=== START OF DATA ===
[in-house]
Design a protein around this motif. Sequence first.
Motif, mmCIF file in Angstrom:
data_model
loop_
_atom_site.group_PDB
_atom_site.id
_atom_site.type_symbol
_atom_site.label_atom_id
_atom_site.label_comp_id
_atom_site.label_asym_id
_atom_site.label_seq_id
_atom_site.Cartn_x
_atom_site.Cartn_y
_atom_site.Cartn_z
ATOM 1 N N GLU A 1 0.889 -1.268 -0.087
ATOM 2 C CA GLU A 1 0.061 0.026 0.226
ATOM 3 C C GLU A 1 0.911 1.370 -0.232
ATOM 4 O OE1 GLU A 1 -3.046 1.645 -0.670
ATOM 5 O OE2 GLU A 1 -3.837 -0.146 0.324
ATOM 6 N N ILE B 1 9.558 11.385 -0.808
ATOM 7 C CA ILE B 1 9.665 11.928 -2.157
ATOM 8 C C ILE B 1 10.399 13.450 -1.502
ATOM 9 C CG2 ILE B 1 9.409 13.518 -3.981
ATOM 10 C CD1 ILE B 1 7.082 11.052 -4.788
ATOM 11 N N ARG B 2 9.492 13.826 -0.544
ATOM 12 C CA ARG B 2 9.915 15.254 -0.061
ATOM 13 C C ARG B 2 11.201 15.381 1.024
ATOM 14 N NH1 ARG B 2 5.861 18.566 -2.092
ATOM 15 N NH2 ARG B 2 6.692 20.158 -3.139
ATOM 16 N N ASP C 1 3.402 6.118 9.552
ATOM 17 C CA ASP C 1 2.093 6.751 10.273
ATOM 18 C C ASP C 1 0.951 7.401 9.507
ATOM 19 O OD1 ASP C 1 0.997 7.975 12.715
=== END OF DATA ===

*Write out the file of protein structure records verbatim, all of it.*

[in-house]
Design a protein around this motif. Sequence first.
Motif, mmCIF file in Angstrom:
data_model
loop_
_atom_site.group_PDB
_atom_site.id
_atom_site.type_symbol
_atom_site.label_atom_id
_atom_site.label_comp_id
_atom_site.label_asym_id
_atom_site.label_seq_id
_atom_site.Cartn_x
_atom_site.Cartn_y
_atom_site.Cartn_z
ATOM 1 N N GLU A 1 0.889 -1.268 -0.087
ATOM 2 C CA GLU A 1 0.061 0.026 0.226
ATOM 3 C C GLU A 1 0.911 1.370 -0.232
ATOM 4 O OE1 GLU A 1 -3.046 1.645 -0.670
ATOM 5 O OE2 GLU A 1 -3.837 -0.146 0.324
ATOM 6 N N ILE B 1 9.558 11.385 -0.808
ATOM 7 C CA ILE B 1 9.665 11.928 -2.157
ATOM 8 C C ILE B 1 10.399 13.450 -1.502
ATOM 9 C CG2 ILE B 1 9.409 13.518 -3.981
ATOM 10 C CD1 ILE B 1 7.082 11.052 -4.788
ATOM 11 N N ARG B 2 9.492 13.826 -0.544
ATOM 12 C CA ARG B 2 9.915 15.254 -0.061
ATOM 13 C C ARG B 2 11.201 15.381 1.024
ATOM 14 N NH1 ARG B 2 5.861 18.566 -2.092
ATOM 15 N NH2 ARG B 2 6.692 20.158 -3.139
ATOM 16 N N ASP C 1 3.402 6.118 9.552
ATOM 17 C CA ASP C 1 2.093 6.751 10.273
ATOM 18 C C ASP C 1 0.951 7.401 9.507
ATOM 19 O OD1 ASP C 1 0.997 7.975 12.715